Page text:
Health has often been defined as the absence of illness and as the state of well-being. This definition, however, actually constitutes two different criteria: the absence of illness and the presence of health. For example, a person may not have any signs of illness but may still have a cholesterol level that is too high. When thinking about healthy organizations, we often make the same distinction. A healthy organization, for example, is not only free from illness and doesn't harm employees but also possesses the presence of health as exemplified by its long-term adaptability and ability to thrive. This book considers this broader definition of health and safety in organizations--one that encompasses both the absence of illness as well as the presence of health--and the implications it has for industrial/organizational psychology and human resources. A distinguished group of contributors provides a review and integration of different lines of research focusing on health and safety in organizations, including a broad array of topics ranging from the role of individual differences and training to human resource management strategy.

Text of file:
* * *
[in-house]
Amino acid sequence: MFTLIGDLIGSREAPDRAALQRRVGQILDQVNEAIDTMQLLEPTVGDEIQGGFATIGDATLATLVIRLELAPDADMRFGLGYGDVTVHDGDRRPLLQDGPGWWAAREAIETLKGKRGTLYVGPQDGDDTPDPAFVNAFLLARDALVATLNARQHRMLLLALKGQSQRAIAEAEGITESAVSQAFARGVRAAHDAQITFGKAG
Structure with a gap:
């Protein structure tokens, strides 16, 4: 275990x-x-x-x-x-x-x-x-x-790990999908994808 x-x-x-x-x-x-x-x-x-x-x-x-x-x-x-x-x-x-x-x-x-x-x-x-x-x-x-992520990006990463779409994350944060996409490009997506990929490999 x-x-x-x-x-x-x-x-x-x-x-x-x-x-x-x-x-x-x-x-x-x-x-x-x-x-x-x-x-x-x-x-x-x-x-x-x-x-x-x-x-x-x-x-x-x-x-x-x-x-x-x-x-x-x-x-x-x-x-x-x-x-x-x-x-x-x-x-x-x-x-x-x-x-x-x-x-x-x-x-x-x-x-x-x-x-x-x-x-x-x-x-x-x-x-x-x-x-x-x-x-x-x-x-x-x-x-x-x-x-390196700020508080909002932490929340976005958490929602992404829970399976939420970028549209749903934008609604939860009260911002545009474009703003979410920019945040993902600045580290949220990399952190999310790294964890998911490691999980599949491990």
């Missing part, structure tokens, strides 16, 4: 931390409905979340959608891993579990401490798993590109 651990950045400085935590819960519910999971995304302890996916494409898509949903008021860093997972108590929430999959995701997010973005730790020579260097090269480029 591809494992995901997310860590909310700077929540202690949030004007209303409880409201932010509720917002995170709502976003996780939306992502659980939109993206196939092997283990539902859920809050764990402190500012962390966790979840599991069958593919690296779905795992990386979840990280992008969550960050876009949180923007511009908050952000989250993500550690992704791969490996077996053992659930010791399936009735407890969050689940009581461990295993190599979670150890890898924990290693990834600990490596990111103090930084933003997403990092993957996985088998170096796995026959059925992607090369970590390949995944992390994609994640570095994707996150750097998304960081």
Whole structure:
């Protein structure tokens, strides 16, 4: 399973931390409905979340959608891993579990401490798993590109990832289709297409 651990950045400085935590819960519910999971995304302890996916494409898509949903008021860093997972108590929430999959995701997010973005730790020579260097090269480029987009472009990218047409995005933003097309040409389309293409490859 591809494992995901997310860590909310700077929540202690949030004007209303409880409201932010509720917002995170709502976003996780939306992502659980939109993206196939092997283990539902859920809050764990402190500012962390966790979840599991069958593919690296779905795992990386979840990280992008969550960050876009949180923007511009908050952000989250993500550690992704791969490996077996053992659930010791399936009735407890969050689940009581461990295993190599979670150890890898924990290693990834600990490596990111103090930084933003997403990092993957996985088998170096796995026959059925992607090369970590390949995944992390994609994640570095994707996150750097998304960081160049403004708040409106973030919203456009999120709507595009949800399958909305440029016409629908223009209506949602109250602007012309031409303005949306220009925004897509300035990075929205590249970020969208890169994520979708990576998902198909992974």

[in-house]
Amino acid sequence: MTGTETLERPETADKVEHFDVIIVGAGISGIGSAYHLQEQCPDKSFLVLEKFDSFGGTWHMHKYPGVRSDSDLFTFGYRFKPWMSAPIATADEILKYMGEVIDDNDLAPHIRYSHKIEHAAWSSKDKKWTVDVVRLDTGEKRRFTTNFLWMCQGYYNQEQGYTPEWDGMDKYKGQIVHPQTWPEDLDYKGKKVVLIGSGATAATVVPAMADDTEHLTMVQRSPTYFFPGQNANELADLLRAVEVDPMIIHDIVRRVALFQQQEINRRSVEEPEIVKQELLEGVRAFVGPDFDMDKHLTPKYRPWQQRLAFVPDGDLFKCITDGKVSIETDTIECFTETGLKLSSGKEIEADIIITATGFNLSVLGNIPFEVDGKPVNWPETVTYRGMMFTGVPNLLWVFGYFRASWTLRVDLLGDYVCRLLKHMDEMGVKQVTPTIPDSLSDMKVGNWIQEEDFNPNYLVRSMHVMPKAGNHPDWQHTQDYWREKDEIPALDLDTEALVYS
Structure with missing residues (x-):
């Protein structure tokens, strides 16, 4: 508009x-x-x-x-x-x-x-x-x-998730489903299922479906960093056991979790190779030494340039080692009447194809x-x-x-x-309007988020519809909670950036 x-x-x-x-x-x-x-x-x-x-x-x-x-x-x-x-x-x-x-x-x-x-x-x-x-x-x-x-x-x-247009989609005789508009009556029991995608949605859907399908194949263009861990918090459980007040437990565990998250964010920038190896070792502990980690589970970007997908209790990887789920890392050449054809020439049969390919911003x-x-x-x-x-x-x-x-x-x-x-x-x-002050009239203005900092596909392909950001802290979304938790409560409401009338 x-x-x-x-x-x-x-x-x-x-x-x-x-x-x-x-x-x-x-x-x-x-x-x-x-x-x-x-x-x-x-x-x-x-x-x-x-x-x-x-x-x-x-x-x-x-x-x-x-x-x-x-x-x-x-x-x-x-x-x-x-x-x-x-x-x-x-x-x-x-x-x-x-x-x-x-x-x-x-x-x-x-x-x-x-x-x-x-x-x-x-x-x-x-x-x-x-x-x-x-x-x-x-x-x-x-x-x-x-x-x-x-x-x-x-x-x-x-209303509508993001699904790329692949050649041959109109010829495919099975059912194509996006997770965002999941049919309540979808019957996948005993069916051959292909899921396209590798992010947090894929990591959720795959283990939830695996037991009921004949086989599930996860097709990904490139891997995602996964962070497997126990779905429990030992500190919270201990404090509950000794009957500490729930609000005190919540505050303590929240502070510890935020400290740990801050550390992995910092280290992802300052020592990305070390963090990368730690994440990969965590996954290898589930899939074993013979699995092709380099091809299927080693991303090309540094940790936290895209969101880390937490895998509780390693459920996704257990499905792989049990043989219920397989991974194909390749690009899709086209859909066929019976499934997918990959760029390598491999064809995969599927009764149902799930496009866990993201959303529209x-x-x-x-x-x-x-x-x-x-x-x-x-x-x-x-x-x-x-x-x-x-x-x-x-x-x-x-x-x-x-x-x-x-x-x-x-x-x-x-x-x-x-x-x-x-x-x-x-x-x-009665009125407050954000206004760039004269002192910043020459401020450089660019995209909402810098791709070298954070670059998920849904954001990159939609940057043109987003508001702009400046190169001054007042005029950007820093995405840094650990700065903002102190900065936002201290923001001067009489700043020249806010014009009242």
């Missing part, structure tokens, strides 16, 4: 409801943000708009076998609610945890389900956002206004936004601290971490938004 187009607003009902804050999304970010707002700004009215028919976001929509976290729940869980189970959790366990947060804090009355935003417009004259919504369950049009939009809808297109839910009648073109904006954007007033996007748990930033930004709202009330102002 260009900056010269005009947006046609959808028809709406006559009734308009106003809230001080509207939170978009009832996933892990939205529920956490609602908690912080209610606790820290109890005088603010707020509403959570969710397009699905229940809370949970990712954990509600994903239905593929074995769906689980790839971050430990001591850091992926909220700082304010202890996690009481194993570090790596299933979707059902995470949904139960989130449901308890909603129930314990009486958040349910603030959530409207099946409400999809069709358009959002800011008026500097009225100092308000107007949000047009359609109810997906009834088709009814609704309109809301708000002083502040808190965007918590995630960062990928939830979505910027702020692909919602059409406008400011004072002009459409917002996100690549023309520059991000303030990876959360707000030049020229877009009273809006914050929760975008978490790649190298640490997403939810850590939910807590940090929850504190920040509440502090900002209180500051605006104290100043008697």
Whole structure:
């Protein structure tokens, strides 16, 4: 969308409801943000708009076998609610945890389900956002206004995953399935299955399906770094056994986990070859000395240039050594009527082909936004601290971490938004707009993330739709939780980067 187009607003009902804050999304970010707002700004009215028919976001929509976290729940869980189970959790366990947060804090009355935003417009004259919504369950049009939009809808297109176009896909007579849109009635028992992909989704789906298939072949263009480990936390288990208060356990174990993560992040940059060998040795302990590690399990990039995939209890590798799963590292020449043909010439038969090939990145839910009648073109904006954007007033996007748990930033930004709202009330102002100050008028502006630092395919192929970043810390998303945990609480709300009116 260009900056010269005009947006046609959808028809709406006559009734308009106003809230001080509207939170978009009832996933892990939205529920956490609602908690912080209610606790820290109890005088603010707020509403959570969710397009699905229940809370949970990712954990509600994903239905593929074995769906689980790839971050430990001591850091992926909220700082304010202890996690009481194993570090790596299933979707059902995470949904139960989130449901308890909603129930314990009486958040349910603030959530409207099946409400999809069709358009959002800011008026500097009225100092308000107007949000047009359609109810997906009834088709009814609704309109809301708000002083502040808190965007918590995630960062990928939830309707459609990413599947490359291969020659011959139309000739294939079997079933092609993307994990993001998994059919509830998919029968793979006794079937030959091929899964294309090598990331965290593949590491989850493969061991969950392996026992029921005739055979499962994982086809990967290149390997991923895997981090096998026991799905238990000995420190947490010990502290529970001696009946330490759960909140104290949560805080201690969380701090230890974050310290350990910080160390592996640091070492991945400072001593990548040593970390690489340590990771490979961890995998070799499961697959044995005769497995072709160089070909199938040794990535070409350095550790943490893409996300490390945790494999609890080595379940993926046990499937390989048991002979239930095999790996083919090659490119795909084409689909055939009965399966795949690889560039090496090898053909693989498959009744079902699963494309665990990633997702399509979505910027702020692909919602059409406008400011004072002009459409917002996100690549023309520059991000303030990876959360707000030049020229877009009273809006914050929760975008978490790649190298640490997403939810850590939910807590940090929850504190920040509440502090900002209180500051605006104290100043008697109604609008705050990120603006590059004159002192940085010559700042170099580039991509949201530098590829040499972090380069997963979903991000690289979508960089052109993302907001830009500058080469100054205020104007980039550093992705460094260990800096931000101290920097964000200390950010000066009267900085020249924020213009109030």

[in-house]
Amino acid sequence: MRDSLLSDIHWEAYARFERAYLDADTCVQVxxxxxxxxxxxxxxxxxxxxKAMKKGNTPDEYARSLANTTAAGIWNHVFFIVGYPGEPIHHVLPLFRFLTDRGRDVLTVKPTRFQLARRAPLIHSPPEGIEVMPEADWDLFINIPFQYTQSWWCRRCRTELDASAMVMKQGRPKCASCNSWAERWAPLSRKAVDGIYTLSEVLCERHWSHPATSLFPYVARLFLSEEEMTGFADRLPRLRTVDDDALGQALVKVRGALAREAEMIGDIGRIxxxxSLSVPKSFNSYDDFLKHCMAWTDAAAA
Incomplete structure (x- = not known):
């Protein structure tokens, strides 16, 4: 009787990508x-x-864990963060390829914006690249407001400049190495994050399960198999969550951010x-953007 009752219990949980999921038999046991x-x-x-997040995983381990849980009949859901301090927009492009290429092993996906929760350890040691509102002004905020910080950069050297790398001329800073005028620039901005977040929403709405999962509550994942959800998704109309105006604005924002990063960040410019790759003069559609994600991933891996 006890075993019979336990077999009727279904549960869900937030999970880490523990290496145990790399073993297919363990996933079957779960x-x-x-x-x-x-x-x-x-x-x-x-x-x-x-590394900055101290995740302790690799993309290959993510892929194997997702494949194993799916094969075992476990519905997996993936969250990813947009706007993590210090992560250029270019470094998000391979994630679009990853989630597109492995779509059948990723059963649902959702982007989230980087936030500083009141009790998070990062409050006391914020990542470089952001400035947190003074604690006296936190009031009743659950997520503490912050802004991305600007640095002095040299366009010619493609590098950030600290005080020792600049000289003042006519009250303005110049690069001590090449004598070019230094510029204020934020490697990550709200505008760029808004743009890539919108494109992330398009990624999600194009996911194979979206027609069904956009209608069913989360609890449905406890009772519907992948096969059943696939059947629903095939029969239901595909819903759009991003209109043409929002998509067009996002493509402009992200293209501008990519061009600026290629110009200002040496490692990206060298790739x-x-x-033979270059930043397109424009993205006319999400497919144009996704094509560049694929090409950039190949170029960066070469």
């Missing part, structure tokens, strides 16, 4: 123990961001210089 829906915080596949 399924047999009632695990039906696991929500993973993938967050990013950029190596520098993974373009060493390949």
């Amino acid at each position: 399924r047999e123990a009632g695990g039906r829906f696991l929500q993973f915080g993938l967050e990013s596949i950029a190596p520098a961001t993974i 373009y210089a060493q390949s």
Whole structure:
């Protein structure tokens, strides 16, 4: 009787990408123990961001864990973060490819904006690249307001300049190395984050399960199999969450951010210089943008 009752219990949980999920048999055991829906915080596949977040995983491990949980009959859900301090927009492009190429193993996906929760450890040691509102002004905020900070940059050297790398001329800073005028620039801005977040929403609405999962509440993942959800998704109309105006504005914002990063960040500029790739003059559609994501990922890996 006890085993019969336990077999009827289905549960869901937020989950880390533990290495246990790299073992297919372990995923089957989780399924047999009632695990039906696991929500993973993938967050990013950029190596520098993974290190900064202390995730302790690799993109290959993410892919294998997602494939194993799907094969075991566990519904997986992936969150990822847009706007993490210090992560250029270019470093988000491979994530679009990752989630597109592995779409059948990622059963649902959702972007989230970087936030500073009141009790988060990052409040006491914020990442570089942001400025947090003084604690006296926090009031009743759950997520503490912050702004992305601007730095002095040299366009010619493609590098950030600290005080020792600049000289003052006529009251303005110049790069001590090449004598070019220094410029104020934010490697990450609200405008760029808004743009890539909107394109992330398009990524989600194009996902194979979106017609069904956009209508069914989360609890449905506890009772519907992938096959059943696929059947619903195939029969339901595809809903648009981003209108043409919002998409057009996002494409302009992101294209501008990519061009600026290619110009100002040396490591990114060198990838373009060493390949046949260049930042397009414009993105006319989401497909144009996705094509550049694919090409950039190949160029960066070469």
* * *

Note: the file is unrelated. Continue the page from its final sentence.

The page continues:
They explore cross-level theoretical linkages between aspects of health and safety at the individual, group, and organizational level. These discussions examine the linkages between individual health and certain aspects of the overall health of the organization, as well as how certain aspects of organizations can influence individual health and well-being.